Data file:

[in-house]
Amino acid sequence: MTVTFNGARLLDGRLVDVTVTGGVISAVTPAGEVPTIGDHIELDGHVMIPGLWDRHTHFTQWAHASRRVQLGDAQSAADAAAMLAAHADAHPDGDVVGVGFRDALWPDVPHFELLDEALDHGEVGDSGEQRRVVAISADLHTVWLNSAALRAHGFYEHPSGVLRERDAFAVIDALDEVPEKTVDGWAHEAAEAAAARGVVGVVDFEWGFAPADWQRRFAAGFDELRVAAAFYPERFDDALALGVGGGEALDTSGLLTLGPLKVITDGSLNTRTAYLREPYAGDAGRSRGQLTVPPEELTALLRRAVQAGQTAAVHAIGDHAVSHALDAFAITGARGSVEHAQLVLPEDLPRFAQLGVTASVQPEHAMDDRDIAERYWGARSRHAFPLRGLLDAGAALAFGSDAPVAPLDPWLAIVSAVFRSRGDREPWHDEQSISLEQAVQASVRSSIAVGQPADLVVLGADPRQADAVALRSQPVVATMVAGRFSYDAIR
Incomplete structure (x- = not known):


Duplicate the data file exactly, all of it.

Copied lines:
[in-house]
Amino acid sequence: MTVTFNGARLLDGRLVDVTVTGGVISAVTPAGEVPTIGDHIELDGHVMIPGLWDRHTHFTQWAHASRRVQLGDAQSAADAAAMLAAHADAHPDGDVVGVGFRDALWPDVPHFELLDEALDHGEVGDSGEQRRVVAISADLHTVWLNSAALRAHGFYEHPSGVLRERDAFAVIDALDEVPEKTVDGWAHEAAEAAAARGVVGVVDFEWGFAPADWQRRFAAGFDELRVAAAFYPERFDDALALGVGGGEALDTSGLLTLGPLKVITDGSLNTRTAYLREPYAGDAGRSRGQLTVPPEELTALLRRAVQAGQTAAVHAIGDHAVSHALDAFAITGARGSVEHAQLVLPEDLPRFAQLGVTASVQPEHAMDDRDIAERYWGARSRHAFPLRGLLDAGAALAFGSDAPVAPLDPWLAIVSAVFRSRGDREPWHDEQSISLEQAVQASVRSSIAVGQPADLVVLGADPRQADAVALRSQPVVATMVAGRFSYDAIR
Incomplete structure (x- = not known):